Tools You Need

  • Another vote for DB Ghost!

    Where I work, DB Ghost is the most useful tool that we use on a regular basis, as we use it to check our source code in our continuous build process.  It was a difficult concept to get at first but a light suddenly came on…

     The only downside is that we would prefer per user licensing as we all have desktop and laptop machines – DB Ghost is a per machine license. 

    However, we can’t live without it as SQL changes are so easy to manage now.

     

  • From a development management perspective....

    DBGhost: Essential product which helps us to (among other things)

    1) cut out all the wasted round-trip time between DBAs and developers when developers pass on bad sql, partial code (without dependencies, etc) to the DBA.  Now developers should never pass anything that doesn't build properly to a DBA.  The quality may still not be to a DBA's liking but that's a training issue that no tool will resolve.

    2) allow the development team to have much more control over the complete product by being able to incorporate the database build into the automated code build.  Now there is no excuse for the database code being out of sync with the rest of the product.  The flexibility of the product means that you can easily make it a key part of the process - for too long now database development has been 'special' and handled 'outside' of the standard process

    3) make database comparison and merging a simple process.  We are about to embark on a major upgrade task and can be confident that DBGhost will make it much easier

    SQL Prompt: Very handy SQL editing helper (although it does have some usability annoyances) which speeds up development time and ensures (if you select from the intellisence list) consistent use of upper and lower case

    Missing tool: Something to help us integrate with Sourcesafe and Visual Studio (our established development tools).  We are about to look into using Visual Studio database projects but will now reflect on that and look into some of the tools mentioned in your list.  We want to be able to edit our code and sql from the same UI (Visual Studio) so any experienced-based help on this would be greatly appreciated. Thanks.

  • Echoing previous comments on DB Ghost - http://www.dbghost.com/home.aspx - a real time-saver!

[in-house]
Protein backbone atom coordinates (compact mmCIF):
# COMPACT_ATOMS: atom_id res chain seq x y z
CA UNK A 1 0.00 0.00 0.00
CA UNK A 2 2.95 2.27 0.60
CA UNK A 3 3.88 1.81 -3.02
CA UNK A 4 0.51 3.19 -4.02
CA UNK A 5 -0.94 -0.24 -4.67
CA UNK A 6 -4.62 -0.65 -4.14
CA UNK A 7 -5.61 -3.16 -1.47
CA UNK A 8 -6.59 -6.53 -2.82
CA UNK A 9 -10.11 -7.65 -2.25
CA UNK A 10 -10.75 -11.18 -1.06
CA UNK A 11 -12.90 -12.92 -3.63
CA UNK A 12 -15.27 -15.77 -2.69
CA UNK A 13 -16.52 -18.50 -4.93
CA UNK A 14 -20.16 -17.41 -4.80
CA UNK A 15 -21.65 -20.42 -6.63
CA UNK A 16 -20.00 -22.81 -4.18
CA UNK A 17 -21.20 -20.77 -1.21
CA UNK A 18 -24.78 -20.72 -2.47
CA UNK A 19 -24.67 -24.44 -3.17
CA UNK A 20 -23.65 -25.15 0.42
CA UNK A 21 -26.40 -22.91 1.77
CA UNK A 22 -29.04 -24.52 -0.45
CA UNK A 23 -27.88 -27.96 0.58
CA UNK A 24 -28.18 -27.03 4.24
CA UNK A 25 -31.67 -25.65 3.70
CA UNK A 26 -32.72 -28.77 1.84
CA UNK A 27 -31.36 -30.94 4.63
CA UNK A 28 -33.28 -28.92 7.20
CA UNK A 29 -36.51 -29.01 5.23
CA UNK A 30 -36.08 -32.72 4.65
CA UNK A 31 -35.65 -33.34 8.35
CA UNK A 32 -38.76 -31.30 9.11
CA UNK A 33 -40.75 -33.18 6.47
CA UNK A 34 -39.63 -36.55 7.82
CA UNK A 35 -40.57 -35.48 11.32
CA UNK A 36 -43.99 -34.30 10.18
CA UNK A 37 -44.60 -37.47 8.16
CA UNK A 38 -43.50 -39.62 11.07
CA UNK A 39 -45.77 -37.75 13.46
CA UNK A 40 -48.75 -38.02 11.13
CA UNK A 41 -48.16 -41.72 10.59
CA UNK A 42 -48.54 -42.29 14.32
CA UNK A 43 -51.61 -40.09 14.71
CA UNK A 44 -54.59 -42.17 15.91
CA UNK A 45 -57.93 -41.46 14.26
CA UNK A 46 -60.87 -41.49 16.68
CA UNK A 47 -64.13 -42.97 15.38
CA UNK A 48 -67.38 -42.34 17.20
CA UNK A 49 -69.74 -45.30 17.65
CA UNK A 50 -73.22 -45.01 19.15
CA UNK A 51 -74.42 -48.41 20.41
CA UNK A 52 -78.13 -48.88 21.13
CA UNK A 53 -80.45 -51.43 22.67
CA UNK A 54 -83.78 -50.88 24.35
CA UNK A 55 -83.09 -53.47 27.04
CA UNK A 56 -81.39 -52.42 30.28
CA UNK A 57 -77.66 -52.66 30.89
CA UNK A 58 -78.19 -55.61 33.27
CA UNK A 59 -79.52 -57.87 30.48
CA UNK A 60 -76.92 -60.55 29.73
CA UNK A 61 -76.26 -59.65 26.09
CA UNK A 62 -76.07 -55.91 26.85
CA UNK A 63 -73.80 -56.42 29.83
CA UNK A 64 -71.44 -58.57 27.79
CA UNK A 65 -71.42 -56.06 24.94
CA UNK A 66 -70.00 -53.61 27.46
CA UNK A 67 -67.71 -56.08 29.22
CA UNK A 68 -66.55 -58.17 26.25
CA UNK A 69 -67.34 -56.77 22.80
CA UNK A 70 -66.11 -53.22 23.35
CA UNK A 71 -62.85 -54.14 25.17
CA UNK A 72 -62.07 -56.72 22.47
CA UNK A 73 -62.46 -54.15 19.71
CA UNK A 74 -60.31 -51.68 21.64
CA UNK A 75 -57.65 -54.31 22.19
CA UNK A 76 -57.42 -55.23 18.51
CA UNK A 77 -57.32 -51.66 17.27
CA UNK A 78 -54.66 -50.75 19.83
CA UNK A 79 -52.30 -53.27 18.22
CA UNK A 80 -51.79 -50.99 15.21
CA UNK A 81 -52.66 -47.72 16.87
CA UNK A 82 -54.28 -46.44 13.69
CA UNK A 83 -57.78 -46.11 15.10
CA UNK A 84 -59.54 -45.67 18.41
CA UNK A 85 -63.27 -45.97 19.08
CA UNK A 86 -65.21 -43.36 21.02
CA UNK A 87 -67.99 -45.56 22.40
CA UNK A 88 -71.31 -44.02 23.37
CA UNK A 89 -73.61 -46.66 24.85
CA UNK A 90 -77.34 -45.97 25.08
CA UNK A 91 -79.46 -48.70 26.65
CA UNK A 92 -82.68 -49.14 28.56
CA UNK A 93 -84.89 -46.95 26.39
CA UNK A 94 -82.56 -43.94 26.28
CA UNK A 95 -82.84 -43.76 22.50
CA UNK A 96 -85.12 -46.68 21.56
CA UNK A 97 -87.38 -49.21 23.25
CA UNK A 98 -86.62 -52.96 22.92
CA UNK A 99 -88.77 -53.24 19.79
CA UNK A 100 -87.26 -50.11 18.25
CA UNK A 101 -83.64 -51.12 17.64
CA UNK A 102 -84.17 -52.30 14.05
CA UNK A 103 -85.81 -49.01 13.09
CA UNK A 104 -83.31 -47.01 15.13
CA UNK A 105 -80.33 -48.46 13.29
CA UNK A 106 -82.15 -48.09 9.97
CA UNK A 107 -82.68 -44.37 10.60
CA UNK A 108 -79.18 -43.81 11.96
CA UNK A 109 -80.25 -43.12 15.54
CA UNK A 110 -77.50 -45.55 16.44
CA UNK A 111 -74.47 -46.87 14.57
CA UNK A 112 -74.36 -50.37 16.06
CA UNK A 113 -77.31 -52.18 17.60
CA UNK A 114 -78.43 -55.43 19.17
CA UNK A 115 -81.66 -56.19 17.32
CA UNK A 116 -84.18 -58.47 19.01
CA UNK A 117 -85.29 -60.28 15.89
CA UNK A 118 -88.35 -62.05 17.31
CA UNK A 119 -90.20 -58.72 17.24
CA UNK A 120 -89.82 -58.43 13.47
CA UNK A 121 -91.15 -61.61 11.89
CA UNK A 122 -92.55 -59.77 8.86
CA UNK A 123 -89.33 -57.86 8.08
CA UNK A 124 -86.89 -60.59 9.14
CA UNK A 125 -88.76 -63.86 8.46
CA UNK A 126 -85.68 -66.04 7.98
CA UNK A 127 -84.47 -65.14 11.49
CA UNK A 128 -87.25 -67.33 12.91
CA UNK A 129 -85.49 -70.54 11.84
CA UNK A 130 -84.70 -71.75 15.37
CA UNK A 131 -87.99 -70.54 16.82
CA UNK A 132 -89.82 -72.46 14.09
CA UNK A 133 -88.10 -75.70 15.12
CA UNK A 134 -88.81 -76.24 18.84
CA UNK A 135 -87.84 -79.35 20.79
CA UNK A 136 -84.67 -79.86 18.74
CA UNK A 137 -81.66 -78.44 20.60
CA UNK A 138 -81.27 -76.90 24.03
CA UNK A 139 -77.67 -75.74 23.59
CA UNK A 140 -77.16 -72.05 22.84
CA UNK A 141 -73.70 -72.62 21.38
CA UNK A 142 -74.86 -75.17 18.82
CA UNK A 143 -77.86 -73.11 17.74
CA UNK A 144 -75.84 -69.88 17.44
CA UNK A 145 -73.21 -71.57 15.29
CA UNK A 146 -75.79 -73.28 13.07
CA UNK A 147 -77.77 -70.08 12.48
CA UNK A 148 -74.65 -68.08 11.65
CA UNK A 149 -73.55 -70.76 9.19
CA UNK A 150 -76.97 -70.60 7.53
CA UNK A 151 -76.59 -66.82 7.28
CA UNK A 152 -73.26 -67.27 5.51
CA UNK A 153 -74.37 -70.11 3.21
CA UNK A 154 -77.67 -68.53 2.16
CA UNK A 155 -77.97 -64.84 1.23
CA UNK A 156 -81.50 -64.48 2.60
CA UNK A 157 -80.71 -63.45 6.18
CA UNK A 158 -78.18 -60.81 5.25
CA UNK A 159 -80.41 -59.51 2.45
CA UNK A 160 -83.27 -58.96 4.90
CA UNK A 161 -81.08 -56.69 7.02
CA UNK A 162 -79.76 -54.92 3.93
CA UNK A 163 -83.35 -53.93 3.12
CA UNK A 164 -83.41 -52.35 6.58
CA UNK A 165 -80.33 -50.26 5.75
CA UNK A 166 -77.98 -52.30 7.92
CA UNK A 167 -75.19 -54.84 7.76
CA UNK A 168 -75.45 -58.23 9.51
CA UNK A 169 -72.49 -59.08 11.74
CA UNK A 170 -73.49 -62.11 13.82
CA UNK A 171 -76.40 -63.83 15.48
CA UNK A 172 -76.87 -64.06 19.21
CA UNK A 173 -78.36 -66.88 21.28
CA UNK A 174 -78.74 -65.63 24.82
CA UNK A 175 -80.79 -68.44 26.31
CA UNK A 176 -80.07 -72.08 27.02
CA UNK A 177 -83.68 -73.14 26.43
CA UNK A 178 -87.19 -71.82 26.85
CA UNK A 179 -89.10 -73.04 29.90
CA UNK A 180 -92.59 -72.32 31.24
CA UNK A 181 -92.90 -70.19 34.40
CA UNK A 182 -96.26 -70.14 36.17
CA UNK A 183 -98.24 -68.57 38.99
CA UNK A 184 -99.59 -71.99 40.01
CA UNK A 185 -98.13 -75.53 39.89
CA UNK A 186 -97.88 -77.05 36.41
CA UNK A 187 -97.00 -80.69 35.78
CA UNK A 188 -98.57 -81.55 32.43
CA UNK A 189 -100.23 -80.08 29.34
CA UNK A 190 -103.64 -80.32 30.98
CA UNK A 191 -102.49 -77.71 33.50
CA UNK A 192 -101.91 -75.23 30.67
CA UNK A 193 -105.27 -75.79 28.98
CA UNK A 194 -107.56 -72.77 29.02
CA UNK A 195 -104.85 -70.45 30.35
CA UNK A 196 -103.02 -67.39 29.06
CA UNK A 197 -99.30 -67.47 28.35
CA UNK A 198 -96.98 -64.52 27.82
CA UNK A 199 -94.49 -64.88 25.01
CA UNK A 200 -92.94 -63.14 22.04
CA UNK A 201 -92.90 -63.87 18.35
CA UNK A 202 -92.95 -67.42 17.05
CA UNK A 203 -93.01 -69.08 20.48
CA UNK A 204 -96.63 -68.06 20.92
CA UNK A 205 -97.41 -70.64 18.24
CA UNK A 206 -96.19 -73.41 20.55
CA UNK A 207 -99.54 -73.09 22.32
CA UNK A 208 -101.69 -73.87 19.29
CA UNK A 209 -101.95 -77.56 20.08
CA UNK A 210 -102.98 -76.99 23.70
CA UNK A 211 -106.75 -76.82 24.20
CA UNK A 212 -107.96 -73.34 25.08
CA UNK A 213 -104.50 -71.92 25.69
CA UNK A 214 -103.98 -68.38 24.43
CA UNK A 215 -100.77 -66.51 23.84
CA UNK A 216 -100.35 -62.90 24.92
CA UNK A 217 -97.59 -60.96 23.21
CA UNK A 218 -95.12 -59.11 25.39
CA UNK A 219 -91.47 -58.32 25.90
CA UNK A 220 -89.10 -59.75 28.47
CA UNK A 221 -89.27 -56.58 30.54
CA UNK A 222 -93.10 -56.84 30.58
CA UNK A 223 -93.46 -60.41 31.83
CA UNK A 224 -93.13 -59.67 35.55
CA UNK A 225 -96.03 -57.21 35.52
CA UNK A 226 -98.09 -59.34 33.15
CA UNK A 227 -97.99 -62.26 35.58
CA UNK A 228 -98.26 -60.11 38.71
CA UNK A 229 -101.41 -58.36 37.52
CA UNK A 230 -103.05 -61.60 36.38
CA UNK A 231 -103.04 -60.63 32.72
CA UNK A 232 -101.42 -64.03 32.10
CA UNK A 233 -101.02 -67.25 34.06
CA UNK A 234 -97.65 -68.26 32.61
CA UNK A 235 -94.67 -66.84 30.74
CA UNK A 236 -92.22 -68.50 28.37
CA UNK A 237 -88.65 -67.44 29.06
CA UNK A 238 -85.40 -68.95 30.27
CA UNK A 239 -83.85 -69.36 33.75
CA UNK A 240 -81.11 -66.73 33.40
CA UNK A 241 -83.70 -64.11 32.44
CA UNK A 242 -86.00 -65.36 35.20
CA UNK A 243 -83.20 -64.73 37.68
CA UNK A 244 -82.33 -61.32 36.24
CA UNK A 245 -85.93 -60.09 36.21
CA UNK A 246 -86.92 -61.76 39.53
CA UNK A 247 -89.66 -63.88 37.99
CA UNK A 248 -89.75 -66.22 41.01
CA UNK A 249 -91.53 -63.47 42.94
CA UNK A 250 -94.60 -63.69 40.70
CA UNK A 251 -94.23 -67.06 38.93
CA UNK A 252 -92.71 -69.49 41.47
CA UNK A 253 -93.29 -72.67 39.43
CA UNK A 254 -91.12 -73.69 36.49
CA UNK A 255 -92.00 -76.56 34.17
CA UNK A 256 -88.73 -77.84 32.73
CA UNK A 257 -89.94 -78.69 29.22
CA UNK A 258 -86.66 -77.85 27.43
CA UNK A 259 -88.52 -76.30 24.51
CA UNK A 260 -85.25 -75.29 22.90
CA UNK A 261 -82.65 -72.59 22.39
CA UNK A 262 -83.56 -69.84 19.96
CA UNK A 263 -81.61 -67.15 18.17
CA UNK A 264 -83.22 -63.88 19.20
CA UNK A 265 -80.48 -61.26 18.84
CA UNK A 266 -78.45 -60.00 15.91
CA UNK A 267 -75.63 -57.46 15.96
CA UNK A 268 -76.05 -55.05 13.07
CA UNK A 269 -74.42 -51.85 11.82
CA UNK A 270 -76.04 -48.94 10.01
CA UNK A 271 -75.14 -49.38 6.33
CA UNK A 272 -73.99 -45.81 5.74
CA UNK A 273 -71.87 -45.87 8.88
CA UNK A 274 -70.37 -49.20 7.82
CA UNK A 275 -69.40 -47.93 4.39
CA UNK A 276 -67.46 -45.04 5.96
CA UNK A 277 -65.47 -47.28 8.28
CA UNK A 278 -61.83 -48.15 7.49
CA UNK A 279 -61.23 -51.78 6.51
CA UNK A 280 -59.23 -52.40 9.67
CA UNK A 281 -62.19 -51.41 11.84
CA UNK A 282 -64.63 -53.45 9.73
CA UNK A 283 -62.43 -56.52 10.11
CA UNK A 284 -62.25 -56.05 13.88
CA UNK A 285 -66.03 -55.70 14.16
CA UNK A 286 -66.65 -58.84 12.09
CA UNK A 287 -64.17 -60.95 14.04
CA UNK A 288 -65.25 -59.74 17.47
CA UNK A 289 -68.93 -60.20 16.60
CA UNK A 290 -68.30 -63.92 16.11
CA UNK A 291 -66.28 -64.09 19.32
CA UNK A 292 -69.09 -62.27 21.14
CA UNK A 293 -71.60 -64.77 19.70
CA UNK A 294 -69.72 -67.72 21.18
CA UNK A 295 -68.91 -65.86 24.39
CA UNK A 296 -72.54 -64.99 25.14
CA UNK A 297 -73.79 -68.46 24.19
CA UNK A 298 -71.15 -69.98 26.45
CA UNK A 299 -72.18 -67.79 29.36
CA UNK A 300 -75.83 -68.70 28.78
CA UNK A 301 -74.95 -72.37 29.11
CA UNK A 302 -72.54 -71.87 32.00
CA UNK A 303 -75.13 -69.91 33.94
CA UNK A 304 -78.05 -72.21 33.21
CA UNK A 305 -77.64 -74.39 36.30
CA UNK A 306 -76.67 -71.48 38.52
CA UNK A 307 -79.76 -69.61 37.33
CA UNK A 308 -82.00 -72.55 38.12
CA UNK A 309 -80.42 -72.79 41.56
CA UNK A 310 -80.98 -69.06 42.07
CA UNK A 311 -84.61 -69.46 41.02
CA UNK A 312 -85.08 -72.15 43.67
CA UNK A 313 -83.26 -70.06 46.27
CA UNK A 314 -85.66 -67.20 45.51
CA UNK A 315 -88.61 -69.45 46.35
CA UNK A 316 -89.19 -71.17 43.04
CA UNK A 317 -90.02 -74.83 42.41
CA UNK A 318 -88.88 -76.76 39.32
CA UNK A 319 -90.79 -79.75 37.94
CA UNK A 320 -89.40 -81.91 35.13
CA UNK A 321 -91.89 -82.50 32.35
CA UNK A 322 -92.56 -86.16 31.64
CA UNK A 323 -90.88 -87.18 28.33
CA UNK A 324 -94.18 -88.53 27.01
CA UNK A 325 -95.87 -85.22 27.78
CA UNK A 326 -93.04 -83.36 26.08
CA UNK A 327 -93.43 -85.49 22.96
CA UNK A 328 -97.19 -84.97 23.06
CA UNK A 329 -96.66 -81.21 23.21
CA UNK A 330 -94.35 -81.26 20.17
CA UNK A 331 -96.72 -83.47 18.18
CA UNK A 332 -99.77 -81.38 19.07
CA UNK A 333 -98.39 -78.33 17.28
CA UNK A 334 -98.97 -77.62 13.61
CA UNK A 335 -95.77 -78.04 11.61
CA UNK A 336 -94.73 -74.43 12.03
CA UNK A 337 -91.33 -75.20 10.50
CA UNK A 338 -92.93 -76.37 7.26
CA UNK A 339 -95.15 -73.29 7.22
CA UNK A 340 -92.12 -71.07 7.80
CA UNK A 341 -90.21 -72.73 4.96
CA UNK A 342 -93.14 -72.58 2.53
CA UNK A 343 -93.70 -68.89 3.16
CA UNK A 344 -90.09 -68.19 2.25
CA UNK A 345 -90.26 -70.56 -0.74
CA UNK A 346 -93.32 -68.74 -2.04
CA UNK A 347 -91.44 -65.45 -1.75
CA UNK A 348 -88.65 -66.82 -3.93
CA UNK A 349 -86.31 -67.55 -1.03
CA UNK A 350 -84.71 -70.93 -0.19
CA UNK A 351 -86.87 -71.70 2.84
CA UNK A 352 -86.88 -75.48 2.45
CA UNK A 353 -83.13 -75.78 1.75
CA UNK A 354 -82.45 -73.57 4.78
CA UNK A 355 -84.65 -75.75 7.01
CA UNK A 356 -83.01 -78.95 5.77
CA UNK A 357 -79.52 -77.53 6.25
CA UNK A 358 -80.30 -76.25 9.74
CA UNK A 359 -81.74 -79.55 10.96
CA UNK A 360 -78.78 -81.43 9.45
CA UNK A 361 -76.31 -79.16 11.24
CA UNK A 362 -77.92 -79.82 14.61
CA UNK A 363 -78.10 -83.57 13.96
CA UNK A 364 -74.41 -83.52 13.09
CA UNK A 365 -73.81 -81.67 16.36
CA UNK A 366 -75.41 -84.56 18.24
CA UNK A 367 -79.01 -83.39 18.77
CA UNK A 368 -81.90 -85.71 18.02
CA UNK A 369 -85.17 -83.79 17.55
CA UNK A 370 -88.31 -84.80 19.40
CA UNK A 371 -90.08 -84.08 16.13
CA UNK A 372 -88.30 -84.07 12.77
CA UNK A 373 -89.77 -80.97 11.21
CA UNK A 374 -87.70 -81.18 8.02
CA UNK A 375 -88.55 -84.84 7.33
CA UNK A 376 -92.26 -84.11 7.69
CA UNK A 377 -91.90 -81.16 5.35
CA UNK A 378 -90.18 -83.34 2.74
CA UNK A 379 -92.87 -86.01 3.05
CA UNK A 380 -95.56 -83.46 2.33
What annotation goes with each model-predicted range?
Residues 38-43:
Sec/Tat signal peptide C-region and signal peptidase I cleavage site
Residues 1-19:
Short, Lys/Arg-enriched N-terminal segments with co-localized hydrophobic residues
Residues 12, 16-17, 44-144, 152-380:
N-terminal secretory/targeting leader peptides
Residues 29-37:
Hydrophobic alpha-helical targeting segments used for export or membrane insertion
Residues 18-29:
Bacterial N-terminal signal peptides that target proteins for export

• We had climbed into bed with Quest (a bed we're getting out of now) and I tried Toad. What a horrifying experience that was. I can't believe anyone actually uses that tool and is still productive.

    ----------------------------------------------------
    The credit belongs to the man who is actually in the arena, whose face is marred by dust and sweat and blood... Theodore Roosevelt
    The Scary DBA
    Author of: SQL Server 2017 Query Performance Tuning, 5th Edition and SQL Server Execution Plans, 3rd Edition
    Product Evangelist for Red Gate Software

  • Integrate Sourcesafe & VS?  They're already integrated.  If you're in VS, you can add projects directly to Sourcesafe or open projects (and check them out) directly from Sourcesafe without an additional tool.

    If you're having problems with this, you might consider verifying you have compatible versions.  Visual Studio 2005 as well as Sourcesafe 2005, for instance.  Sourcesafe version 6 doesn't get along too well with VS 2k5, I've been told.

     

    Brandie Tarvin, MCITP Database AdministratorLiveJournal Blog: http://brandietarvin.livejournal.com/[/url]On LinkedIn!, Google+, and Twitter.Freelance Writer: ShadowrunLatchkeys: Nevermore, Latchkeys: The Bootleg War, and Latchkeys: Roscoes in the Night are now available on Nook and Kindle.

  • That's interesting....we are using Sourcesafe 6 and have numerous problems with VS 2k3 especially after branching code so thanks for your suggestion - I will look into that further.

    However, I was talking specifically about database changes.  We don't use database projects and therefore don't edit TSQL in Visual Studio.  We're looking for an effective interface between VSS, VS and SQL Server which allows you to check out files, edit them, apply changes to SQL Server and then check in changes.

  • If you look under Tools -> Options in SSMS, you'll see an item called Source Control.  If you set it to Visual SourceSafe, you can create (inside SSMS) projects that are not database projects and then check them in and out of VSS without having to go through Visual Studio.

    Conversely, you could do Database projects through Visual Studio and check them in and out.  I'm pretty sure you can also open a project you created in SSMS (and then checked into VSS) from Visual Studio.  I haven't tested that part of it yet, though. 

    Brandie Tarvin, MCITP Database AdministratorLiveJournal Blog: http://brandietarvin.livejournal.com/[/url]On LinkedIn!, Google+, and Twitter.Freelance Writer: ShadowrunLatchkeys: Nevermore, Latchkeys: The Bootleg War, and Latchkeys: Roscoes in the Night are now available on Nook and Kindle.

  • In my previous place.

    RedGate SQL Compare and Data Compare top of the list.

    Currently Toad for SQL and Oracle. Sucks for both... so I am getting myself SQL Compare :o)

    Also looking for a good SSIS compare tool.

    Any recommendations... beside ApexSQL SSIS Compare. BTW anybody using it and would like to share some experience.

    Thanks,

    ~Leon

  • Leon Orlov (6/11/2009)


    In my previous place.

    RedGate SQL Compare and Data Compare top of the list.

    Currently Toad for SQL and Oracle. Sucks for both... so I am getting myself SQL Compare :o)

    Also looking for a good SSIS compare tool.

    Any recommendations... beside ApexSQL SSIS Compare. BTW anybody using it and would like to share some experience.

    Thanks,

    ~Leon

    Haven't used that one, but I've used most of the rest of the Apex tools, and they've all been quite good.

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